Tuesday, February 21, 2006

Truthiness?? Alrighty then!

In a blog from Brian Marick I saw this: The American Dialect Society voted "truthiness" the 2005 word of the year. It "refers to the quality of preferring concepts or facts one wishes to be true, rather than concepts or facts known to be true." On a private level that may be well and good. However, the older I get the more that I am aware that “no man is an island.” In other words, in some small way we affect on another.

Therefore, if you are my family doctor, don’t use that in your medical practice. If you are my employer, do not use “truthiness” when you calculate my pay. If you are a civil engineer, do not go about “preferring concepts or facts one wishes to be true” when engineering the bridges I drive over.

Brian goes on to show that in the development of code, more tests are the answer to “preferring concepts or facts one wishes to be true, rather than concepts or facts known to be true”, not ignoring the facts.

And yes, when designing software, more tests please, and less "truthiness."

Thursday, February 16, 2006

The Scandal of Prediction (a.k.a We think we're purty smart)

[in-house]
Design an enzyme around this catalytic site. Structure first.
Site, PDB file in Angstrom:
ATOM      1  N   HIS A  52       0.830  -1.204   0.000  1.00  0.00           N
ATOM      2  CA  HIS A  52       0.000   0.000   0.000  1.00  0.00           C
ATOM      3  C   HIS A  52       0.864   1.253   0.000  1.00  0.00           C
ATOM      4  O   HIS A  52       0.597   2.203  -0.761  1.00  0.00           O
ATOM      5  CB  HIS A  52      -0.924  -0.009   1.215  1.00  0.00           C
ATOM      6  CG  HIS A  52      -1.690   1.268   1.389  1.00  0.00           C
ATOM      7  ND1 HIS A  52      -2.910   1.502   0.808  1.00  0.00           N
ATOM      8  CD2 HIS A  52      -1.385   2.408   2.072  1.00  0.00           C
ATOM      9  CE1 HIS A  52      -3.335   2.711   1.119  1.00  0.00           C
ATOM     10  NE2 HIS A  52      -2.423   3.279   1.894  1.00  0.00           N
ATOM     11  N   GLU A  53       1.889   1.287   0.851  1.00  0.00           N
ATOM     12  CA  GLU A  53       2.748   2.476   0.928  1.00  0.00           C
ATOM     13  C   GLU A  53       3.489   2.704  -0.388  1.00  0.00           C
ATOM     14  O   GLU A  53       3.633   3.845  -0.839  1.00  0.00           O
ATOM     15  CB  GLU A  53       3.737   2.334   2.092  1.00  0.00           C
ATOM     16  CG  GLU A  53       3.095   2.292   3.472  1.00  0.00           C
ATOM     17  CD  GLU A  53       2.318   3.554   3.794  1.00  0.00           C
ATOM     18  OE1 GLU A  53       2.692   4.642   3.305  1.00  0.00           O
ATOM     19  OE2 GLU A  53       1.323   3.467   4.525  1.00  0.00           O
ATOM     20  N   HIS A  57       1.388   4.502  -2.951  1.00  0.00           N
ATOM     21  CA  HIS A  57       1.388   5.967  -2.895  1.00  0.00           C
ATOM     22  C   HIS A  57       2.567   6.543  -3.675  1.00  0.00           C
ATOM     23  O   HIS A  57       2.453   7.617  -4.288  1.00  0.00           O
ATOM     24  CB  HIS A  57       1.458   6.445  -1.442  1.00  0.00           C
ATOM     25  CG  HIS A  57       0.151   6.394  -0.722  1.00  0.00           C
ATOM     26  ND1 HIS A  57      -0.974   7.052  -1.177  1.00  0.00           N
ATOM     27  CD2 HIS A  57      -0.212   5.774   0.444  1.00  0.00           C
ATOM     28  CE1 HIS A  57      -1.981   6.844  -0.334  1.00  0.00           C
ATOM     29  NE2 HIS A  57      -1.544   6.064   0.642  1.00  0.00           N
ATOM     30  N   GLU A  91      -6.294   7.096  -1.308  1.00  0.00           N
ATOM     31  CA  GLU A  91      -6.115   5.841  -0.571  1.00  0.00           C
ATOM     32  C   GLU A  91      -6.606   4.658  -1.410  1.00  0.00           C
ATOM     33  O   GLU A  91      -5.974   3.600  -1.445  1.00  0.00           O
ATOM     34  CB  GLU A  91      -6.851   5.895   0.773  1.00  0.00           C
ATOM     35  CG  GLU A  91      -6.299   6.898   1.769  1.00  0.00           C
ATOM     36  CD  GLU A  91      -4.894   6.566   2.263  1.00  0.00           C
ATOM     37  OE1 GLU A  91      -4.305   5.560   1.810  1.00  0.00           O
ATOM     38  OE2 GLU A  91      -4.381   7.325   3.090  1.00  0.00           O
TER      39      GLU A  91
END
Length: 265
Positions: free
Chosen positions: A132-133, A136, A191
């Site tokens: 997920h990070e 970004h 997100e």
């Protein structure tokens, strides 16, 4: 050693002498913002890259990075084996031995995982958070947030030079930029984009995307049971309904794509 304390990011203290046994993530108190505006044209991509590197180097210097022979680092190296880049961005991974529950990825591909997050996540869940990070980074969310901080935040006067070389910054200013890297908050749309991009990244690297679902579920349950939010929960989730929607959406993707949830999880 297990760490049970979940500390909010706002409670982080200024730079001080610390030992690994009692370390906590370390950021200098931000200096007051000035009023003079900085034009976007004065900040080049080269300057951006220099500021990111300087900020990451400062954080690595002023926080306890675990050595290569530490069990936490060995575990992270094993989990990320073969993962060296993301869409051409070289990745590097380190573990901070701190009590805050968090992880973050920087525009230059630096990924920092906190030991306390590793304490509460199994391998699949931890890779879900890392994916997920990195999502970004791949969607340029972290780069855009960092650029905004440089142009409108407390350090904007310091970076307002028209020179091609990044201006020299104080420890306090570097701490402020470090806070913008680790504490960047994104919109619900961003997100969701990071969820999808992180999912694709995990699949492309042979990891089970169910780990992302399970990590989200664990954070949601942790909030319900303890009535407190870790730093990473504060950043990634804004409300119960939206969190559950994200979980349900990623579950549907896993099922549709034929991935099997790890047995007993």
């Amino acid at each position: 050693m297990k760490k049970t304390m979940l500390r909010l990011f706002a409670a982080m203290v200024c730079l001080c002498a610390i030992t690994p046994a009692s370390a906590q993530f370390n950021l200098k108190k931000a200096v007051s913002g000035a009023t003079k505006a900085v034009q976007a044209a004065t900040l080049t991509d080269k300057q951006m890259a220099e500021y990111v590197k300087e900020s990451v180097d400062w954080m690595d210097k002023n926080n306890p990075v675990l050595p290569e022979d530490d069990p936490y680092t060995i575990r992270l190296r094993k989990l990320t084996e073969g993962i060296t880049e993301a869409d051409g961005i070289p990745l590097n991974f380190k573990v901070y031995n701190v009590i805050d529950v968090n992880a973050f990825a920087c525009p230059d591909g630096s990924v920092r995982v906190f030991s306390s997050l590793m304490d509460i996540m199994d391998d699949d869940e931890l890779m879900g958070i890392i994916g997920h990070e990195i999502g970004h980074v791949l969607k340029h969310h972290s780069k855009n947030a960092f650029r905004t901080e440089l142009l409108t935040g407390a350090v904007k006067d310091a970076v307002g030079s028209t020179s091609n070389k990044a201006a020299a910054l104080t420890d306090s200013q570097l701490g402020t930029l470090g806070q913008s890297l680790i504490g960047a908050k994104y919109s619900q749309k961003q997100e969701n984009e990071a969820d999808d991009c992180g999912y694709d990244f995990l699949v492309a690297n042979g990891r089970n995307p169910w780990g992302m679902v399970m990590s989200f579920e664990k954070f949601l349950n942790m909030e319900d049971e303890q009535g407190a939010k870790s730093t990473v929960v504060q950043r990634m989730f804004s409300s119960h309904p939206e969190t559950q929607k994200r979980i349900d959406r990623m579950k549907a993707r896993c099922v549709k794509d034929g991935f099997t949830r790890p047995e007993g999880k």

Just listened to an interesting program on IT Conversations dealing with the problems of predictability and why the various models and systems of predictors fail by Nassim Nicholas Taleb entitled, The Scandal of Prediction.

What I gathered from the program is that the overall problem with accuracy in predictions and forecasting is systemic arrogance. We fail to acknowledge what we do not know and inflate the little we do know. We should not stop attempting to utilize our forecast models and systems , but let us do it with an honest look at the vast amount of knowledge we are yet to discover.

An interesting note is that Taleb refers to the concept of Yesterdays Weather with which agile developers should be familiar. Simply put, this concept is based on the understanding that there is a 70% chance that today’s weather patterns will be a repeat of yesterdays. Statistically, we know this but still we employ vast machinery to "predict" what the weather will be like in the future. Admittedly, there is more value in the use of models and formulas the further out one attempts to predict. In any event, I humbly predict (without any meteorological training or know how) a 70% chance that tomorrows weather is like today’s.